ECA calls for end to 'use it or lose it' approach to EU spending

Written by James O'Brien on 14 November 2014 in News
News

The European court of auditors (ECA) has signed off on the 2013 accounts of the European Union but with warnings attached.

The ECA, an independent audit institution, cautioned that the EU's budgetary system is overly focused on spending funds and that there is a need for more emphasis on achieving results. The ECA called for a change to the current 'use it or lose it' approach to spending.

Auditors identified an estimated error rate of 4.7 per cent in the 2007-2013 programming period and warned of the need for more "careful management and control of EU funds". The most error prone areas were regional policy and rural development.

Vítor Caldeira, president of the ECA said, "It is not a choice between spending the money, complying with the rules and achieving results. It is about achieving all three at once."

In a presentation of the ECA's annual report in parliament, Caldeira told MEPs that "significantly more could have been done by doing better checks before submitting claims for reimbursement".

"The correct use of EU funds must be guaranteed after more than 20 years of accounts which are not up to scratch" - Ingeborg Gräßle

Ingeborg Gräßle, chair of parliament's budgetary control committee (CONT) asked, "Why do we only talk about error rates? Why don't we examine what has been achieved with the funds in the past years?"

Gräßle cited the examples of Roma integration and youth unemployment as areas where there is evidently a mismatch between the amount spent and results achieved.

She said, "We have to go beyond the surface of the pure numbers to find out the underlying problems that caused the errors in the EU funds. The role of the ECA is crucial for better and smarter spending of European funds but we wonder about the lack of efficiency in the management and control systems of the member states."

Gräßle called on the commission to "impose sanctions for false reporting" of how EU funds are spent.

She concluded, "Data from member states on how they spend EU funds is too often unreliable. It is necessary that the European commission carries out further financial controls. The correct use of EU funds must be guaranteed after more than 20 years of accounts which are not up to scratch".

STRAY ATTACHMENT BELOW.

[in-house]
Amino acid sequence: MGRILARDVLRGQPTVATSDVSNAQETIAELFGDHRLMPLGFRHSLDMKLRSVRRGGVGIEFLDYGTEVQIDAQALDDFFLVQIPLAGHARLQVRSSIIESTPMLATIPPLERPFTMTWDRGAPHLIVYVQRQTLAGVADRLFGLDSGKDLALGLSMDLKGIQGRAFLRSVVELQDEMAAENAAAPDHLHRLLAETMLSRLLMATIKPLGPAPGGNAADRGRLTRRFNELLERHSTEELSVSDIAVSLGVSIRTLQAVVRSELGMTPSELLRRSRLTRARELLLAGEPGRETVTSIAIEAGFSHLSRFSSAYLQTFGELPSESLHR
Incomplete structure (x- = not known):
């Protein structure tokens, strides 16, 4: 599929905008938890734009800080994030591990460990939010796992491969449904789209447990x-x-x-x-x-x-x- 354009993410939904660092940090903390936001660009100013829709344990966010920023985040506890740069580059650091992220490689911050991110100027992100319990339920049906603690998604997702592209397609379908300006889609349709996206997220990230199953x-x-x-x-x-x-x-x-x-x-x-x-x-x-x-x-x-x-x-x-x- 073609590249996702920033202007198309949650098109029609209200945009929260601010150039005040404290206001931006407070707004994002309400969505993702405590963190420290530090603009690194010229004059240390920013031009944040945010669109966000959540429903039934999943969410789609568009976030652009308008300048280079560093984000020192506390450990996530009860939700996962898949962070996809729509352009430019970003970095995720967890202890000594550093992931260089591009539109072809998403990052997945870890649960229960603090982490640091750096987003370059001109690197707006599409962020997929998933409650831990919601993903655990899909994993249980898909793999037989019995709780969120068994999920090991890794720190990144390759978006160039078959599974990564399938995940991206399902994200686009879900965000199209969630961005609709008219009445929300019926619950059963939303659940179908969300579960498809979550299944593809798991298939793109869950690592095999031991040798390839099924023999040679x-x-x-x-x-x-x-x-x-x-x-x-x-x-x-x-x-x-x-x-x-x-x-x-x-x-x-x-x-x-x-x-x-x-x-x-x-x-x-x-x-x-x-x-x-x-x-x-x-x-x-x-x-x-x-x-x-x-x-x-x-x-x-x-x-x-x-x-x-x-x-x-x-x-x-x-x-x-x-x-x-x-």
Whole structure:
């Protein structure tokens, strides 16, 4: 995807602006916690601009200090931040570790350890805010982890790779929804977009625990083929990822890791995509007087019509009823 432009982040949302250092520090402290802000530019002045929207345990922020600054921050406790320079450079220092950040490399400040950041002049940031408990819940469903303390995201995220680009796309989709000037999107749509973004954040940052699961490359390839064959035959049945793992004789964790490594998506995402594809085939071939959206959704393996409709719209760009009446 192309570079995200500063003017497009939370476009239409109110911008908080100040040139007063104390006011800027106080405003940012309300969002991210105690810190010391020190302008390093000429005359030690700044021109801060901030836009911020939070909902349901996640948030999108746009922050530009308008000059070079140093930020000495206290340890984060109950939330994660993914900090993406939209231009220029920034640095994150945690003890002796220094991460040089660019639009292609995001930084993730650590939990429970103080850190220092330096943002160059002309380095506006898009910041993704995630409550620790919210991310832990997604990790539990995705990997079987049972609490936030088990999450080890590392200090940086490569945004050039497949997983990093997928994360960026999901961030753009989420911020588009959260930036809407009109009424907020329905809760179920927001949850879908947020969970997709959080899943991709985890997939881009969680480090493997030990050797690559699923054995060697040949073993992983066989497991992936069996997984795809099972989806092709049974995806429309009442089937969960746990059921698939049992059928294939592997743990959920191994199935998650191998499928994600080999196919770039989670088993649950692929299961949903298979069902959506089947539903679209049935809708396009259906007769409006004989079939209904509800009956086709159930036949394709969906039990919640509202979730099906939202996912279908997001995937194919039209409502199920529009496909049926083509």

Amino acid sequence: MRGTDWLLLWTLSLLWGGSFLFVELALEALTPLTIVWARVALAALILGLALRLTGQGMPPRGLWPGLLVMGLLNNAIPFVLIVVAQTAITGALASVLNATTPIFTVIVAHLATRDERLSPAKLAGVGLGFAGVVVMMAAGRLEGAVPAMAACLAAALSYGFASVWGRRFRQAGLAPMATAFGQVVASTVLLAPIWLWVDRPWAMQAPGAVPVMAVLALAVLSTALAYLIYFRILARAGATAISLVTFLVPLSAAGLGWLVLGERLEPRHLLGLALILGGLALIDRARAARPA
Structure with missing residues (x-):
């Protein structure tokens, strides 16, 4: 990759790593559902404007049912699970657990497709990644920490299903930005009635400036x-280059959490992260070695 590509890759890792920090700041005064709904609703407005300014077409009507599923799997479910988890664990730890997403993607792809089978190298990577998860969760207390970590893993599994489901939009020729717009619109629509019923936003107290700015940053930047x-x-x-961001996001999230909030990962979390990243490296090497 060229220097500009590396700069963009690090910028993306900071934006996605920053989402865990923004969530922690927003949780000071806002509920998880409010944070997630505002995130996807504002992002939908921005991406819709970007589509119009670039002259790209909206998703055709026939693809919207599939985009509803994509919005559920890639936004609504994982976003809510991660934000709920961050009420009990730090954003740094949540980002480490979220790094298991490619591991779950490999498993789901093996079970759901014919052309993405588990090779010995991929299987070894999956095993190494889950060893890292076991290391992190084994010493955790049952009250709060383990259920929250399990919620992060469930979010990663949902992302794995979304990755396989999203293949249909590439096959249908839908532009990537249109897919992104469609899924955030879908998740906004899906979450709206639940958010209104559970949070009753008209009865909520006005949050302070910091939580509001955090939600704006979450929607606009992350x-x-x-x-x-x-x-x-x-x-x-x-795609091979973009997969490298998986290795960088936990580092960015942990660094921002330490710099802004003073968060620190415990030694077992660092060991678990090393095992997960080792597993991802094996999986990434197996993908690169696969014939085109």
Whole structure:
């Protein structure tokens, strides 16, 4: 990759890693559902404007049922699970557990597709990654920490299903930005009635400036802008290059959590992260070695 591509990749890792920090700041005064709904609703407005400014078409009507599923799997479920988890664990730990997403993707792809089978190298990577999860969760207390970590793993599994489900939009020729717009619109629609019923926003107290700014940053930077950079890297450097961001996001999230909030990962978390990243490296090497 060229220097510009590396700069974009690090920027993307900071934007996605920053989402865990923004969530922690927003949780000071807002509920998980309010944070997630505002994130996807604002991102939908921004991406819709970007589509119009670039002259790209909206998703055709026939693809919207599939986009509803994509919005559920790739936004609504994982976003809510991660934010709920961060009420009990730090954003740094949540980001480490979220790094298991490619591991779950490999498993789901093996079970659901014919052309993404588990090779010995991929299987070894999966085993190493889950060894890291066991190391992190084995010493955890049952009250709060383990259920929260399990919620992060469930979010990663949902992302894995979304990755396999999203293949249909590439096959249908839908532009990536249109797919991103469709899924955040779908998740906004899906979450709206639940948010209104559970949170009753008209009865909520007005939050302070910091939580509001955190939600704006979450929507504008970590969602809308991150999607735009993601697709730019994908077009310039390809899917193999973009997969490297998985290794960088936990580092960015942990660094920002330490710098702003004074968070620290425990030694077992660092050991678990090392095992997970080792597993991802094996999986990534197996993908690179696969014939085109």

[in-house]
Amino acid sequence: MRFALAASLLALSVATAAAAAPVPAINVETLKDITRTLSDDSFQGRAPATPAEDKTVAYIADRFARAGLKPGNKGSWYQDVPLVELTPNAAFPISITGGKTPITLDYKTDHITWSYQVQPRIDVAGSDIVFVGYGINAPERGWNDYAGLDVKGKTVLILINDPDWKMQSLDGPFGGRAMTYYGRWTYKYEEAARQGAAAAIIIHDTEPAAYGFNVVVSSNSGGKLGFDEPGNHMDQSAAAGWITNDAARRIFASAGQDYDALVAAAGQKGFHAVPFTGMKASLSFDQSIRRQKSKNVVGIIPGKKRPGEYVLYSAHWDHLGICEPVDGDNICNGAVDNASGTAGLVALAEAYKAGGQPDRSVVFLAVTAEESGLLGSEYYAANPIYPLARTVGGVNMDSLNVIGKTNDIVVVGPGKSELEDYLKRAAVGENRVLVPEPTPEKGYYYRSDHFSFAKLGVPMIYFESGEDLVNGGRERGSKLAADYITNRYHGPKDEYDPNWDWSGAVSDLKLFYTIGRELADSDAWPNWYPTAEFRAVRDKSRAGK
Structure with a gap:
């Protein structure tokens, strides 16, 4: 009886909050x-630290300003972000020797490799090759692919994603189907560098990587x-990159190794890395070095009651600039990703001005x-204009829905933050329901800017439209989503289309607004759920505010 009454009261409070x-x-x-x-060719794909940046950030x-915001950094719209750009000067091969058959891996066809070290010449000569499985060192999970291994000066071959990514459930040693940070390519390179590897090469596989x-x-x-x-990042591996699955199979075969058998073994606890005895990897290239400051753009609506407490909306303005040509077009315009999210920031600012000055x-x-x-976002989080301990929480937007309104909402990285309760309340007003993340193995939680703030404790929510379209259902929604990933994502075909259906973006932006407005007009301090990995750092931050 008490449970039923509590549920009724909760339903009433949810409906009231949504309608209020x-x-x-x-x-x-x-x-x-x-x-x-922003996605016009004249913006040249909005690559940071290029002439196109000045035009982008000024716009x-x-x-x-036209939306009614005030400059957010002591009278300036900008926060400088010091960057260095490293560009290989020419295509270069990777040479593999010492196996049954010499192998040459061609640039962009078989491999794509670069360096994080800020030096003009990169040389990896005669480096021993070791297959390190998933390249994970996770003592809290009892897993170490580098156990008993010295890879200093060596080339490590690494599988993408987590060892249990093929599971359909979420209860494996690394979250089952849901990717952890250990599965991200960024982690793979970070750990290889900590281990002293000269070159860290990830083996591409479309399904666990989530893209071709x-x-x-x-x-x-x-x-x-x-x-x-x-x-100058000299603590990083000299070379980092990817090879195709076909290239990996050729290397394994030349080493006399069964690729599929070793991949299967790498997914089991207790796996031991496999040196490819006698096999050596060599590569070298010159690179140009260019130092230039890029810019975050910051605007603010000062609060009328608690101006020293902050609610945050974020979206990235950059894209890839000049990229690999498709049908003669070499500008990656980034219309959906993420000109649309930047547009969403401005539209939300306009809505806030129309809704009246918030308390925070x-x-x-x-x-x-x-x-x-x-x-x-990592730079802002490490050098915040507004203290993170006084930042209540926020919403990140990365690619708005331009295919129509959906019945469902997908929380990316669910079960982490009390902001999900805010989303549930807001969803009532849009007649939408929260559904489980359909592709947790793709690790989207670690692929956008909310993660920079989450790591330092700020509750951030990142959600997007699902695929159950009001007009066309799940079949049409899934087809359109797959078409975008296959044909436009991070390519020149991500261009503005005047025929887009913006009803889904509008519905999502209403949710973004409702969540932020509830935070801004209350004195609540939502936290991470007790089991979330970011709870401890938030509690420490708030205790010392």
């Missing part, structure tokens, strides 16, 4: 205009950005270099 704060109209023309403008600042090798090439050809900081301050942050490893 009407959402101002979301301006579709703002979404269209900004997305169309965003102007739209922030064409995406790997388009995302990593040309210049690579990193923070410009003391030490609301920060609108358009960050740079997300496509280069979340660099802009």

Derek Vaughan, first vice-chair of parliament's CONT committee, welcomed the ECA's finding that the EU's accounts were "legal and regular" and noted that the 4.7 per cent "error rate is lower than […] most member states' domestic budgets and slightly down on last year".

Vaughan called for improvements "in order to ensure every cent of EU funding is spent correctly" and highlighted that, "It is clear that most of the errors at are member state level, so we need to do more to ensure […] those who have been problematic in the past have systems in place to prevent errors in the future".

He concluded by endorsing the court's call for better efforts in measuring performance and said this must be a focus of future programmes to ensure EU spending has "a beneficial impact on our economy and our citizens".

"Countries should stop treating money coming from the EU differently than they treat their own budget" - Martina Dlabajová

Igor Šoltes, the second vice-chair of the CONT committee, said the report highlighted that "too many EU budget payments are still not in compliance with [the] rules".

Šoltes noted that the EU spent €148bn in 2013 or approximately €290 per citizen, resulting in an error rate that totals almost €7bn.

He added that there is "an imminent need to eliminate the causes of irregularities and assess the often too complex regulations that destroy the effectiveness and efficiency of EU fund absorption".

The Greens/EFA MEP, who presided over Slovenia's court of auditors for nine years, said the "mismanagement of European funds, corruption and fraud with our taxpayers' money" were a contributory factor in Euroscepticism. He concluded by reiterating the need for "consistent enforcement of accountability and sanctions" and calling for the EU to set an example in this regard.

Martina Dlabajová, third vice-chair of the CONT committee, said some aspects of the report "seem very worrying". She directed her criticism towards member states and their need "to get their own house in order".

Dlabajová  continued, "Countries should stop treating money coming from the EU differently than they treat their own budget. Imagine taxpayers´ reaction if national auditors [presented] similar [reports] on the use of the state budget. The minister responsible would need to step down the same day."

She concluded by calling for member states with a poor track record to take the findings seriously and for the establishment of a more results orientated approach to be adopted.

The error rate outlined by the ECA is a measure of money paid from the EU budget that did not comply with EU rules on how funds are to be spent. It is not a measure of fraud, inefficiency or waste.

The European commission is legally responsible for expenditure, however, approximately 80 per cent of funds are managed at member state level.

 

About the author

James O'Brien is a journalist and editorial assistant for the Parliament Magazine

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